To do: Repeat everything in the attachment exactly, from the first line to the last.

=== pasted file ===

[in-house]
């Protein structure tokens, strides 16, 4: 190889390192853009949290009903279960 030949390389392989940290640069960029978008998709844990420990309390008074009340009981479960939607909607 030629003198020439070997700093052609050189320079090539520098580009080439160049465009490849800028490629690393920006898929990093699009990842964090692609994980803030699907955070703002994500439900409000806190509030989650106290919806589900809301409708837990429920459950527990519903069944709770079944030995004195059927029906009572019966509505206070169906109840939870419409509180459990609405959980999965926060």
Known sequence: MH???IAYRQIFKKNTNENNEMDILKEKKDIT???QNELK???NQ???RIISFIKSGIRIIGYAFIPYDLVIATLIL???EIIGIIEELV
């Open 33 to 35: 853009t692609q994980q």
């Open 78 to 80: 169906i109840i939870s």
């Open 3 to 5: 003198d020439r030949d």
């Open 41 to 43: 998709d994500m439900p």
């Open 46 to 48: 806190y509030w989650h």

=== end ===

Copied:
[in-house]
């Protein structure tokens, strides 16, 4: 190889390192853009949290009903279960 030949390389392989940290640069960029978008998709844990420990309390008074009340009981479960939607909607 030629003198020439070997700093052609050189320079090539520098580009080439160049465009490849800028490629690393920006898929990093699009990842964090692609994980803030699907955070703002994500439900409000806190509030989650106290919806589900809301409708837990429920459950527990519903069944709770079944030995004195059927029906009572019966509505206070169906109840939870419409509180459990609405959980999965926060």
Known sequence: MH???IAYRQIFKKNTNENNEMDILKEKKDIT???QNELK???NQ???RIISFIKSGIRIIGYAFIPYDLVIATLIL???EIIGIIEELV
């Open 33 to 35: 853009t692609q994980q």
């Open 78 to 80: 169906i109840i939870s």
């Open 3 to 5: 003198d020439r030949d």
């Open 41 to 43: 998709d994500m439900p």
């Open 46 to 48: 806190y509030w989650h």